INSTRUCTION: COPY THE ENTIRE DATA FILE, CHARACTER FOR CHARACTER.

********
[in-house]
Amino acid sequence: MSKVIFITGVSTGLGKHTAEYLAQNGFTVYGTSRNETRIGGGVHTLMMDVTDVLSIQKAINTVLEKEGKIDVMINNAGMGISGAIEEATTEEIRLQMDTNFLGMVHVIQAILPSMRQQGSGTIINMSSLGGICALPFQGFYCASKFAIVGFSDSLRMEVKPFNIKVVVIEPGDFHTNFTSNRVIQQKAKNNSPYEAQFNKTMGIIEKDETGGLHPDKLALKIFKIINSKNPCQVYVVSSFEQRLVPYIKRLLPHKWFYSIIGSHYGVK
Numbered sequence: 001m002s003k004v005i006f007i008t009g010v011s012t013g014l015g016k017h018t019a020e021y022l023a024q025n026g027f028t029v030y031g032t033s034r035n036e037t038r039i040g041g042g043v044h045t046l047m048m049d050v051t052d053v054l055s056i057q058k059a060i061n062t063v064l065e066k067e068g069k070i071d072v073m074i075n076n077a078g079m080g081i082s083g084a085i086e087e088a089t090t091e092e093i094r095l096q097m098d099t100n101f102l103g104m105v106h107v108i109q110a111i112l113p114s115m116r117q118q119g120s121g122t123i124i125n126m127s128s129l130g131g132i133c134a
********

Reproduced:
[in-house]
Amino acid sequence: MSKVIFITGVSTGLGKHTAEYLAQNGFTVYGTSRNETRIGGGVHTLMMDVTDVLSIQKAINTVLEKEGKIDVMINNAGMGISGAIEEATTEEIRLQMDTNFLGMVHVIQAILPSMRQQGSGTIINMSSLGGICALPFQGFYCASKFAIVGFSDSLRMEVKPFNIKVVVIEPGDFHTNFTSNRVIQQKAKNNSPYEAQFNKTMGIIEKDETGGLHPDKLALKIFKIINSKNPCQVYVVSSFEQRLVPYIKRLLPHKWFYSIIGSHYGVK
Numbered sequence: 001m002s003k004v005i006f007i008t009g010v011s012t013g014l015g016k017h018t019a020e021y022l023a024q025n026g027f028t029v030y031g032t033s034r035n036e037t038r039i040g041g042g043v044h045t046l047m048m049d050v051t052d053v054l055s056i057q058k059a060i061n062t063v064l065e066k067e068g069k070i071d072v073m074i075n076n077a078g079m080g081i082s083g084a085i086e087e088a089t090t091e092e093i094r095l096q097m098d099t100n101f102l103g104m105v106h107v108i109q110a111i112l113p114s115m116r117q118q119g120s121g122t123i124i125n126m127s128s129l130g131g132i133c134a